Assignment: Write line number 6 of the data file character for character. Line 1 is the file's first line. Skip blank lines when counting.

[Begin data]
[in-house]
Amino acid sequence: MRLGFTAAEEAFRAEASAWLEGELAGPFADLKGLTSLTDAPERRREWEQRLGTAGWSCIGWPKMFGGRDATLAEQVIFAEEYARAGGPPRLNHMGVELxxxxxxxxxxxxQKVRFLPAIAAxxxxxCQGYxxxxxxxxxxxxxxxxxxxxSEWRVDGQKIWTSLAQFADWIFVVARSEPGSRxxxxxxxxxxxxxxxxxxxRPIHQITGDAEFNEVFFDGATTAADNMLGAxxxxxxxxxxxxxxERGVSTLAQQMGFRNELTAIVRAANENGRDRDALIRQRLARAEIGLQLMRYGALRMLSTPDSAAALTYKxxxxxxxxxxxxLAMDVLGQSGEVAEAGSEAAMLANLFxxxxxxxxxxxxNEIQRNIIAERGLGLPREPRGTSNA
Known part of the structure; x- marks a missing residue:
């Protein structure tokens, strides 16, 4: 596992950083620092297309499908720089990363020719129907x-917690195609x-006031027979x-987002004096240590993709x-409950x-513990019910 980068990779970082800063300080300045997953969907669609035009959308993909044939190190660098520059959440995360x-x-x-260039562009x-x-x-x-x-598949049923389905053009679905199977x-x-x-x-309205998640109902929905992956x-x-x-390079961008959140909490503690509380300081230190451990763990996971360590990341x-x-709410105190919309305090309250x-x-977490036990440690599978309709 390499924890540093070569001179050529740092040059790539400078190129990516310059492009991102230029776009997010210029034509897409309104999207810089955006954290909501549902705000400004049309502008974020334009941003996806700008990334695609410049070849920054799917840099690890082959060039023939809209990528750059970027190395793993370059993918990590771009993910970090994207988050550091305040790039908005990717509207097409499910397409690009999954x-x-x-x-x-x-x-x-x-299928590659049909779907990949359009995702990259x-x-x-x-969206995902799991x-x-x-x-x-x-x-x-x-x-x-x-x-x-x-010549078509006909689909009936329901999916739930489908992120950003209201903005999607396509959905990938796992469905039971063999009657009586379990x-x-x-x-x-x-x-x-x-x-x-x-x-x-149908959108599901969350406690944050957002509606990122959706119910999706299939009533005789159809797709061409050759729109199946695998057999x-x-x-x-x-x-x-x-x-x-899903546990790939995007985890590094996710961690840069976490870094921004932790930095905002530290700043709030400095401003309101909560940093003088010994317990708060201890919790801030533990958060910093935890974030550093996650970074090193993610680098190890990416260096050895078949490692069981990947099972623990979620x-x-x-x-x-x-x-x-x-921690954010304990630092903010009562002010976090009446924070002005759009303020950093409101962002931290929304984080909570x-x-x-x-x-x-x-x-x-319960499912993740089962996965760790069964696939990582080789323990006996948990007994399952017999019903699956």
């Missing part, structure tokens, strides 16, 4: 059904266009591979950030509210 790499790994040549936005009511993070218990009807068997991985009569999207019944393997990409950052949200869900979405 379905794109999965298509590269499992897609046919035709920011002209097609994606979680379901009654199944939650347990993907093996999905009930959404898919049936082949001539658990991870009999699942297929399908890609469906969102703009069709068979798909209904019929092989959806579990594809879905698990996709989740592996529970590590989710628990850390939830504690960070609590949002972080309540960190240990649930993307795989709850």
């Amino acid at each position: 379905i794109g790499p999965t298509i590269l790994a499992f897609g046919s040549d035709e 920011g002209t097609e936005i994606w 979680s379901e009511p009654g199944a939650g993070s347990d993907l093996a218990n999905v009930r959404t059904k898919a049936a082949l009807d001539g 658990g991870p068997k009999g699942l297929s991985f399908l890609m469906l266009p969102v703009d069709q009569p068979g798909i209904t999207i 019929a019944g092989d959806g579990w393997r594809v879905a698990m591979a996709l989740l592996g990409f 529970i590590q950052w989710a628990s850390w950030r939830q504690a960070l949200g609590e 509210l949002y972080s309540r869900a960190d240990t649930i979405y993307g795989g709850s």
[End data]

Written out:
């Amino acid at each position: 379905i794109g790499p999965t298509i590269l790994a499992f897609g046919s040549d035709e 920011g002209t097609e936005i994606w 979680s379901e009511p009654g199944a939650g993070s347990d993907l093996a218990n999905v009930r959404t059904k898919a049936a082949l009807d001539g 658990g991870p068997k009999g699942l297929s991985f399908l890609m469906l266009p969102v703009d069709q009569p068979g798909i209904t999207i 019929a019944g092989d959806g579990w393997r594809v879905a698990m591979a996709l989740l592996g990409f 529970i590590q950052w989710a628990s850390w950030r939830q504690a960070l949200g609590e 509210l949002y972080s309540r869900a960190d240990t649930i979405y993307g795989g709850s």